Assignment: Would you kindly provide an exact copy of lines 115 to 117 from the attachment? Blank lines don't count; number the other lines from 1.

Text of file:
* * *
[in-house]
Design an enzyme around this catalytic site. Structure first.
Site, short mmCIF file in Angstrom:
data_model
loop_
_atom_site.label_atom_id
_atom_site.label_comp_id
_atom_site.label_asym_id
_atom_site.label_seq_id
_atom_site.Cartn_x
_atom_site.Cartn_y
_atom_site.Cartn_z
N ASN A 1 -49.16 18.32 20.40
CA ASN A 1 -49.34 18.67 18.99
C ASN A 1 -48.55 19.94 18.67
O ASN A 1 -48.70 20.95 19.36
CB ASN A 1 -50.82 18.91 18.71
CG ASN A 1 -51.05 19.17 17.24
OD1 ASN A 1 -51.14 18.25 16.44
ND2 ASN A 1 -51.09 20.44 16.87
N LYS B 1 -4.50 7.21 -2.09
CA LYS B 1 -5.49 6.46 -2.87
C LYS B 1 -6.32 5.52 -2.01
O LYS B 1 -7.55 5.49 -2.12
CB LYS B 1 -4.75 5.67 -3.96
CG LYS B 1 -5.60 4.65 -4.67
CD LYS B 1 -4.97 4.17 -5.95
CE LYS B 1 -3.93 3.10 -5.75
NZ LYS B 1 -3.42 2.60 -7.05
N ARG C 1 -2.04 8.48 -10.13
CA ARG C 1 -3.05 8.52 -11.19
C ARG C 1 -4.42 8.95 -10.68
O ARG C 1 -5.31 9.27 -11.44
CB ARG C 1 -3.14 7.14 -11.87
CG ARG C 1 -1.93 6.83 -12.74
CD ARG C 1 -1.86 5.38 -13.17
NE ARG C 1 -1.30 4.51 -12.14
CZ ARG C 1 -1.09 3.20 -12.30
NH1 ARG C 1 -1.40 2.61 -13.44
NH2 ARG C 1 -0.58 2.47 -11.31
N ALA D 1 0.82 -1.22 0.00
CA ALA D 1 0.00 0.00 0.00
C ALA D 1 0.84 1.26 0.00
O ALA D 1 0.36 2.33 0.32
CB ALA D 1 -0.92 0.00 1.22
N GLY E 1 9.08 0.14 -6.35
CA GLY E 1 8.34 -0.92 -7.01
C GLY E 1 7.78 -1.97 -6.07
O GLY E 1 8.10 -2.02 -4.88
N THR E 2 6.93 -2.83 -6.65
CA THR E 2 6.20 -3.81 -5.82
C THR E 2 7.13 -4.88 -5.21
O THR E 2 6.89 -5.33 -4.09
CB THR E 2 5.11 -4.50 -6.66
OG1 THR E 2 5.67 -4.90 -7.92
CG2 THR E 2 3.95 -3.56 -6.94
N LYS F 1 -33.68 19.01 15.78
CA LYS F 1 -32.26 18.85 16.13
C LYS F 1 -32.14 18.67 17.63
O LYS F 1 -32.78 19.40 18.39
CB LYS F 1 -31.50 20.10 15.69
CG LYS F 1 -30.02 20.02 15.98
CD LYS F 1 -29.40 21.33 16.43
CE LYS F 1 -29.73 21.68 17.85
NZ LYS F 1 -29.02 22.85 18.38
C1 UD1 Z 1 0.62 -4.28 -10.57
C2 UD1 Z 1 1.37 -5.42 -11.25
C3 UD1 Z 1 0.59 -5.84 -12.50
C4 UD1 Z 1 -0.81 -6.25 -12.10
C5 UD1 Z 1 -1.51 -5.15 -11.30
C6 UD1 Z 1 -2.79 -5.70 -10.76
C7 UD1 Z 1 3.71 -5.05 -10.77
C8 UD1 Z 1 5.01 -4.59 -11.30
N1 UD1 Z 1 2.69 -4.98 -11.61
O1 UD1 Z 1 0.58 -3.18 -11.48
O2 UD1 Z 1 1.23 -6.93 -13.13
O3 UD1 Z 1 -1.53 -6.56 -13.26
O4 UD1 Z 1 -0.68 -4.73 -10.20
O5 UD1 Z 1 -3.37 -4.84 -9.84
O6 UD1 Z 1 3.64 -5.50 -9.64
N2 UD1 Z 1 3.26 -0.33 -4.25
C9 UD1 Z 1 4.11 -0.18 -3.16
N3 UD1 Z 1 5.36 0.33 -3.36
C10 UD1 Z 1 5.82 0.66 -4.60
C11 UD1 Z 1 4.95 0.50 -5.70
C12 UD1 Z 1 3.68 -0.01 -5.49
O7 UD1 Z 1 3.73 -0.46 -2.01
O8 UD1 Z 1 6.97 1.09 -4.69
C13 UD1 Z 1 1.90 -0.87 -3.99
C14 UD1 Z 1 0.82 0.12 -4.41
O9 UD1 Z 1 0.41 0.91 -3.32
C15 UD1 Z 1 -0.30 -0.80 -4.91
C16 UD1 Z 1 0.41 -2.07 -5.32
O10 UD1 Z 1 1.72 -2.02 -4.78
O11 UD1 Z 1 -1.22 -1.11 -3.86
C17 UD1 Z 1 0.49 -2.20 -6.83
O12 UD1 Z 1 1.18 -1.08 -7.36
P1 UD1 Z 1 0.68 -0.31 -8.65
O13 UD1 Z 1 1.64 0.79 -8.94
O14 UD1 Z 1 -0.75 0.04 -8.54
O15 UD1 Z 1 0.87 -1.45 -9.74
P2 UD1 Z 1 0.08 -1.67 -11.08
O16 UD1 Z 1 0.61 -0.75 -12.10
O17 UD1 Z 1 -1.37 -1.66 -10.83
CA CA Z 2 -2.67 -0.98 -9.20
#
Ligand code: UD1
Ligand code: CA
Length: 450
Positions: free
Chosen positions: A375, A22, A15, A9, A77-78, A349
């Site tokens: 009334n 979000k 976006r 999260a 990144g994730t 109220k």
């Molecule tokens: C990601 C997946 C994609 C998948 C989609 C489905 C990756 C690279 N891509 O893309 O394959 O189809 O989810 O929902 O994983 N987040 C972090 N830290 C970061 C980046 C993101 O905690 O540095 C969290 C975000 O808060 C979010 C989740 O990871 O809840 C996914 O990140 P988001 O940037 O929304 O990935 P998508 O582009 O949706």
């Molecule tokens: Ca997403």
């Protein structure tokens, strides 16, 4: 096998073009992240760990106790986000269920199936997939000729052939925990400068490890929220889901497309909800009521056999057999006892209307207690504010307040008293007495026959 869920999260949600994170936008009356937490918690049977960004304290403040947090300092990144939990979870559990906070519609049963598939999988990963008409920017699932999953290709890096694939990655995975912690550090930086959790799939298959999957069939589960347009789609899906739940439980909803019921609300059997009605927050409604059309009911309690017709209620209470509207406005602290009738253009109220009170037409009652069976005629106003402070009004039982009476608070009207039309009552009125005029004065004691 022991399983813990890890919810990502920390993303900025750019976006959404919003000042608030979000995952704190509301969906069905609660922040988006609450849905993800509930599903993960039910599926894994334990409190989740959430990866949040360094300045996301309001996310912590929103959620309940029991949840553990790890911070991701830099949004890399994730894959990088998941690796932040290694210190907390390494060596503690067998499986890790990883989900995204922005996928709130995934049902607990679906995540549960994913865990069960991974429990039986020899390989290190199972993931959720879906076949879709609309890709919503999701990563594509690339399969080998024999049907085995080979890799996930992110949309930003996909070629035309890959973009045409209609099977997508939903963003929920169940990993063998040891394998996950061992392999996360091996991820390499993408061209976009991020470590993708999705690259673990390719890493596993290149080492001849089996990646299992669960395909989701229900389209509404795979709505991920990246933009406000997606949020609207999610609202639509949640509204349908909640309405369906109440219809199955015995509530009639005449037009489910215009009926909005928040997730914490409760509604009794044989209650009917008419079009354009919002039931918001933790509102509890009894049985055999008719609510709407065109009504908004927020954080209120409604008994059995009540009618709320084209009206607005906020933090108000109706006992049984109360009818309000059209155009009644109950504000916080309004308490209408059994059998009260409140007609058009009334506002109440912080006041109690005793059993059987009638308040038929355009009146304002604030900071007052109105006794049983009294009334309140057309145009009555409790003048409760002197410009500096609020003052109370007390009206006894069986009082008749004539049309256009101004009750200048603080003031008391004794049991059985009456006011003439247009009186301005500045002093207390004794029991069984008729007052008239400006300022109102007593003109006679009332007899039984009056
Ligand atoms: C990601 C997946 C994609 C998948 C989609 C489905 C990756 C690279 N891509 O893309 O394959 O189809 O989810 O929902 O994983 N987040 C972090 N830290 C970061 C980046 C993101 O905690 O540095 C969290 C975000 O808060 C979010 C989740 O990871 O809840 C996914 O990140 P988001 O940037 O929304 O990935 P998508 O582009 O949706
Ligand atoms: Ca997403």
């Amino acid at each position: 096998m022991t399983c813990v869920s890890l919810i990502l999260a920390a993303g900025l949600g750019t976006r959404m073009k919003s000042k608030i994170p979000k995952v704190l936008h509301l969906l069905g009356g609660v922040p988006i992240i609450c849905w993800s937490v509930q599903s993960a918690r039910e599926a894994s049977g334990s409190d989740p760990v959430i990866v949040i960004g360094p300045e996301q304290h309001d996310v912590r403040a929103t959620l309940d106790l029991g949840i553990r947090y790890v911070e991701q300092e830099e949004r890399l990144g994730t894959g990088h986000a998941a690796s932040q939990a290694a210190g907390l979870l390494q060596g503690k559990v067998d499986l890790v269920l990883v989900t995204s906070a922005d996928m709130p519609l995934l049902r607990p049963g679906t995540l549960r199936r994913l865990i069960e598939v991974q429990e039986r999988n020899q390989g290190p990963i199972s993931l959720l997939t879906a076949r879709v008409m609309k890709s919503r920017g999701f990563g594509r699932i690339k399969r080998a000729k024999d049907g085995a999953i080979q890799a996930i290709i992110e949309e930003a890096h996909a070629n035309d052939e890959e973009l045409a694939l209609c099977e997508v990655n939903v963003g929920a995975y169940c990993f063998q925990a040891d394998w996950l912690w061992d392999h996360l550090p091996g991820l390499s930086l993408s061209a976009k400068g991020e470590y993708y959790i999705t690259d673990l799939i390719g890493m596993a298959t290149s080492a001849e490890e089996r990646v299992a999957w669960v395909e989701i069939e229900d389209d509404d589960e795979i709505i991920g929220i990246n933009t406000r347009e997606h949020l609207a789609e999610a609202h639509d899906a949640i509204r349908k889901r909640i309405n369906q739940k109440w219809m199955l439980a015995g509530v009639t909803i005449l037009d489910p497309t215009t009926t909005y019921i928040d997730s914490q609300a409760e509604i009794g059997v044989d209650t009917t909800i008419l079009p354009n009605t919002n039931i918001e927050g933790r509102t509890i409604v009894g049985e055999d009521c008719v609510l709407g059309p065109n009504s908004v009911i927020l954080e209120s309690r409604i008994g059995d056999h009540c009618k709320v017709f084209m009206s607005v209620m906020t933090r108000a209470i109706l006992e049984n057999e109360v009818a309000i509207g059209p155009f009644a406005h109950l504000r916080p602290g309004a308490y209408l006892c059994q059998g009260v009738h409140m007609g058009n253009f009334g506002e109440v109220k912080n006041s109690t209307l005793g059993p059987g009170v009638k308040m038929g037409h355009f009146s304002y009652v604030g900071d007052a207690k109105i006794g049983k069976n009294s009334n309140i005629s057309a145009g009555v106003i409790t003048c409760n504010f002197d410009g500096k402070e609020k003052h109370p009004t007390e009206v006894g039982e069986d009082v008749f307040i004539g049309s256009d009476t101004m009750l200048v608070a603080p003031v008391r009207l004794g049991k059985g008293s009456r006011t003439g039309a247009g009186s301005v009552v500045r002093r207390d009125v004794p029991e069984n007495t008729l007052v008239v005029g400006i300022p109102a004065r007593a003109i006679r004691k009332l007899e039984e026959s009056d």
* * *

């Protein structure tokens, strides 16, 4: 096998073009992240760990106790986000269920199936997939000729052939925990400068490890929220889901497309909800009521056999057999006892209307207690504010307040008293007495026959 869920999260949600994170936008009356937490918690049977960004304290403040947090300092990144939990979870559990906070519609049963598939999988990963008409920017699932999953290709890096694939990655995975912690550090930086959790799939298959999957069939589960347009789609899906739940439980909803019921609300059997009605927050409604059309009911309690017709209620209470509207406005602290009738253009109220009170037409009652069976005629106003402070009004039982009476608070009207039309009552009125005029004065004691 022991399983813990890890919810990502920390993303900025750019976006959404919003000042608030979000995952704190509301969906069905609660922040988006609450849905993800509930599903993960039910599926894994334990409190989740959430990866949040360094300045996301309001996310912590929103959620309940029991949840553990790890911070991701830099949004890399994730894959990088998941690796932040290694210190907390390494060596503690067998499986890790990883989900995204922005996928709130995934049902607990679906995540549960994913865990069960991974429990039986020899390989290190199972993931959720879906076949879709609309890709919503999701990563594509690339399969080998024999049907085995080979890799996930992110949309930003996909070629035309890959973009045409209609099977997508939903963003929920169940990993063998040891394998996950061992392999996360091996991820390499993408061209976009991020470590993708999705690259673990390719890493596993290149080492001849089996990646299992669960395909989701229900389209509404795979709505991920990246933009406000997606949020609207999610609202639509949640509204349908909640309405369906109440219809199955015995509530009639005449037009489910215009009926909005928040997730914490409760509604009794044989209650009917008419079009354009919002039931918001933790509102509890009894049985055999008719609510709407065109009504908004927020954080209120409604008994059995009540009618709320084209009206607005906020933090108000109706006992049984109360009818309000059209155009009644109950504000916080309004308490209408059994059998009260409140007609058009009334506002109440912080006041109690005793059993059987009638308040038929355009009146304002604030900071007052109105006794049983009294009334309140057309145009009555409790003048409760002197410009500096609020003052109370007390009206006894069986009082008749004539049309256009101004009750200048603080003031008391004794049991059985009456006011003439247009009186301005500045002093207390004794029991069984008729007052008239400006300022109102007593003109006679009332007899039984009056
Ligand atoms: C990601 C997946 C994609 C998948 C989609 C489905 C990756 C690279 N891509 O893309 O394959 O189809 O989810 O929902 O994983 N987040 C972090 N830290 C970061 C980046 C993101 O905690 O540095 C969290 C975000 O808060 C979010 C989740 O990871 O809840 C996914 O990140 P988001 O940037 O929304 O990935 P998508 O582009 O949706
Ligand atoms: Ca997403």